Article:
Steven Gerrard is simultaneously making up for lost time and figuring out what to do next, as his playing career winds down. It’s a tall order, but if anyone can do pull it off, why not the former Liverpool captain?
In an interview with The Telegraph’s Chris Bascombe and The Liverpool Echo’s James Pearce, Gerrard on Friday all but confirmed his intention to retire as a player and move into coaching after the 2016 Major League Soccer season. Gerrard recently has spoken to Liverpool and manager Jurgen Klopp about his plans, but any talks haven’t reached a stage where the club offers him a coaching job.
“I have had a chat with Klopp,” Gerrard said. “I haven’t had an offer as such, but the club have let me know they are keen for me to come back, but there hasn’t been a conversation where they have said: ‘We want you to do this, we want you to do that’.”
Los Angeles Galaxy coach Bruce Arena in September advised Gerrard to start his coaching career in the United States. However, Gerrard seems more likely to do so much closer to home and he’ll shun the chance to jump straight onto a hot-seat.
“They (Liverpool) have welcomed me back in,” Gerrard said. “I am always going to be biased towards Liverpool and the FA and basically when I am back home I am going to carry on with my punditry work and try and move around clubs and gain more experience, going to watch managers and learning more. I am basically available from November, December 2016. Everyone in the football world will know I am available and hopefully I will be 75 per cent into my coaching badges.
“I’ve dreams and aspirations of going into coaching and management but at the moment I’m nowhere near ready for management. When you start your coaching badges you realize pretty sharp it’s different. You’re in control of 25 men with different egos.”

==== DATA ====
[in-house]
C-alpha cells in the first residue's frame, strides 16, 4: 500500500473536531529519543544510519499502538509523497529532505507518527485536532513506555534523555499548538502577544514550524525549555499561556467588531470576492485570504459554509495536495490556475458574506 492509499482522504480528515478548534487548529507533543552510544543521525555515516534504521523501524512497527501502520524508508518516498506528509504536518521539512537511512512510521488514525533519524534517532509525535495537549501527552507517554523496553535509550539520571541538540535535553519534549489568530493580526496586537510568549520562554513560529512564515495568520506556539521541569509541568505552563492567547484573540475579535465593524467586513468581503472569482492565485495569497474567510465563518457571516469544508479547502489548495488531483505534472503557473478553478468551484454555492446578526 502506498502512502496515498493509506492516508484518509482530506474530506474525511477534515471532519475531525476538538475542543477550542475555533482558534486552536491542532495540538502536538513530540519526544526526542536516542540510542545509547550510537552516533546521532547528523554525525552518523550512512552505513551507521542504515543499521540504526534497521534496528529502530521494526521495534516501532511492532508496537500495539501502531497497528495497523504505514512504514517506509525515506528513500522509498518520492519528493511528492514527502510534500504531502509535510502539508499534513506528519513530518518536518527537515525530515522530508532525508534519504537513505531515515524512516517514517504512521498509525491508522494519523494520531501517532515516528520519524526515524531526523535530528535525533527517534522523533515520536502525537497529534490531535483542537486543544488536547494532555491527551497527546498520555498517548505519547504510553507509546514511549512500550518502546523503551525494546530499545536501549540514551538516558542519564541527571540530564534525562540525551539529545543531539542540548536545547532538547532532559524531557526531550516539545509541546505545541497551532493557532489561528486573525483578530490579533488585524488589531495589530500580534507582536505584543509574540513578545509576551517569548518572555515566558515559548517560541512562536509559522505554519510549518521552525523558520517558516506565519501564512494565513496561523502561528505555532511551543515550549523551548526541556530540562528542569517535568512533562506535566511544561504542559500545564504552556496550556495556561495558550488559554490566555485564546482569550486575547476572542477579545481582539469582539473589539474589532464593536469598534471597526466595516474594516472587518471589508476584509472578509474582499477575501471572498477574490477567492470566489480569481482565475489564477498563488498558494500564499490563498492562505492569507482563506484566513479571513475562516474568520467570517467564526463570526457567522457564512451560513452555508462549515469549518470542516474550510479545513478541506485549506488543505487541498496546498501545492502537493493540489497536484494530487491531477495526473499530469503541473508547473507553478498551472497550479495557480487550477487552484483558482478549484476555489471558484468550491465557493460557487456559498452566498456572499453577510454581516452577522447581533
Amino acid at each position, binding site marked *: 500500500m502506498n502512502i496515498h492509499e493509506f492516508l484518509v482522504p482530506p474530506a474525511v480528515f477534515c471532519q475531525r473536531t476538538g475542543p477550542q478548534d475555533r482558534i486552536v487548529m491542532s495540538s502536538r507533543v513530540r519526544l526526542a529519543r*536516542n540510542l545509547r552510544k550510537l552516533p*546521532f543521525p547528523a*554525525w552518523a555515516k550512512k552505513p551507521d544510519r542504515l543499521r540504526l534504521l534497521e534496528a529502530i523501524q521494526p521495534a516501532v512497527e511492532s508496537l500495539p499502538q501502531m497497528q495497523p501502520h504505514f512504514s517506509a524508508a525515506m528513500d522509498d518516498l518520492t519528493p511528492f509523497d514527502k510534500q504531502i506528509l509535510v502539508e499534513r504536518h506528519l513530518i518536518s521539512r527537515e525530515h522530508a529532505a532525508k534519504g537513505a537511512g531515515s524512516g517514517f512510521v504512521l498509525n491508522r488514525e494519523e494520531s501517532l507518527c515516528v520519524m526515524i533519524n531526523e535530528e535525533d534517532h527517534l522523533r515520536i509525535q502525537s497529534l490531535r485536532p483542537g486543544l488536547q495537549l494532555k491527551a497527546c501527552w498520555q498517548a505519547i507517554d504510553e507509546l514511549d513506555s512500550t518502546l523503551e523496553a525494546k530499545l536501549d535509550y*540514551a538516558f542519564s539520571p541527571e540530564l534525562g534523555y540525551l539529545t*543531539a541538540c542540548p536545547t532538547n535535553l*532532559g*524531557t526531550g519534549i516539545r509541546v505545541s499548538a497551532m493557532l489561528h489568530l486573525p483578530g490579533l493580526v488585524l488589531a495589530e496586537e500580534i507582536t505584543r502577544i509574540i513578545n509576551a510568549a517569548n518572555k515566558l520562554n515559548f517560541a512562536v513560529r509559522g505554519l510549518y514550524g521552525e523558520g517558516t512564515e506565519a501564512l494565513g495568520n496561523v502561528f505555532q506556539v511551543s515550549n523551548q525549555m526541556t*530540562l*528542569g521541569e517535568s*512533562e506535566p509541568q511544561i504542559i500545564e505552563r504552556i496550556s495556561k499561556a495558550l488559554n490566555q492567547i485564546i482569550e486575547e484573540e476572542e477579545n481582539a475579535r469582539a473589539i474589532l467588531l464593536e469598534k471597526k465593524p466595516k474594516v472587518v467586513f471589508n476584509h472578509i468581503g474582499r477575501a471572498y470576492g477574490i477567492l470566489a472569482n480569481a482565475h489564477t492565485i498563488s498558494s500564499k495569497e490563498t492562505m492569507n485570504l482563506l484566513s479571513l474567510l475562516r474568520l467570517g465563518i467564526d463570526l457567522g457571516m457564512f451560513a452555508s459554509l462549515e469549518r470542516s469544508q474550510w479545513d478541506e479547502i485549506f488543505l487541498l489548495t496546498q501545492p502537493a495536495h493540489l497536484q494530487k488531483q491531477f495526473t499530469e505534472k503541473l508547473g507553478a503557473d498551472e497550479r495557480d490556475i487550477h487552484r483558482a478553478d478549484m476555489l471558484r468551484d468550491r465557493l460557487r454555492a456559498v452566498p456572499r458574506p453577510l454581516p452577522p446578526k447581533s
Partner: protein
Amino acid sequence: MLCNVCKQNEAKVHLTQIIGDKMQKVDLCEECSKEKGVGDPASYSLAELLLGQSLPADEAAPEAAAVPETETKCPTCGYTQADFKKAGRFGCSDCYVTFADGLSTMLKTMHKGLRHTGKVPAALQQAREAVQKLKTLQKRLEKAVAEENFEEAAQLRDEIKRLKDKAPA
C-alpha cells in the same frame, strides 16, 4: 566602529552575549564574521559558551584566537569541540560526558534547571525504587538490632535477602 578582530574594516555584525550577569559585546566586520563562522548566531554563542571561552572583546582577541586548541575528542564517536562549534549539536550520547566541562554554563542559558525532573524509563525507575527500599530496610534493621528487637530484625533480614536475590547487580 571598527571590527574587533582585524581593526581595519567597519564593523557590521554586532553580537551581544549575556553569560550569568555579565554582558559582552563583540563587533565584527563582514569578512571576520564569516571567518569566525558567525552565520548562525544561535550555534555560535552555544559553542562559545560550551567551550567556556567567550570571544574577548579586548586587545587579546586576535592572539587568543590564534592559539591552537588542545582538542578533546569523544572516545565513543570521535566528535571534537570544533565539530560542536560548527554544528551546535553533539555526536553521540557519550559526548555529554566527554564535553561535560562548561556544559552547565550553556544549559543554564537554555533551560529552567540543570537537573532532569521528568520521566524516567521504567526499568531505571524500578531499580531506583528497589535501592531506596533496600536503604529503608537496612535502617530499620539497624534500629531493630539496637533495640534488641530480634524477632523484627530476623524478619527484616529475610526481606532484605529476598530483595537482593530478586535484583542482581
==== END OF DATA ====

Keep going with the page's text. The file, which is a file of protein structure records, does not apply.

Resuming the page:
Gerrard, 35, admitted he’d be closer to earning his coaching certification if he had started the process when he was younger. He blames himself and the FA for not doing more to usher experienced players into management.
“I have regrets I didn’t start my coaching badges at 21-22,” Gerrard said. “All that time wasted in hotels as an England player when I’ve been bored and was watching ‘The Office’ and ‘The Sopranos’. I wish I’d done my CBA (coaching) licence then so I’d be doing my pro-licence now. I know many players get to the end of their careers, get handed a thick C licence pack and say, ‘Nah, I’m not doing that.’ That’s 70/80 caps and 600 career appearances and he is just going nah. He could have had it done.”
“Put these coaching badges on offer at a younger age. When you are training you finish at 1 p.m: have the coaching badges available in the afternoons so that when they finish their careers they are ready to become coaches straight away and they don’t need to start at the bottom and do all the tedious coaching courses that are out there.”
Gerrard’s farewell tour began 12 months ago. His career continues thousands of miles away from home, but his heart, and future, clearly remains with the club and country of his upbringing.
Thumbnail photo via Jon Super/The Associated Press
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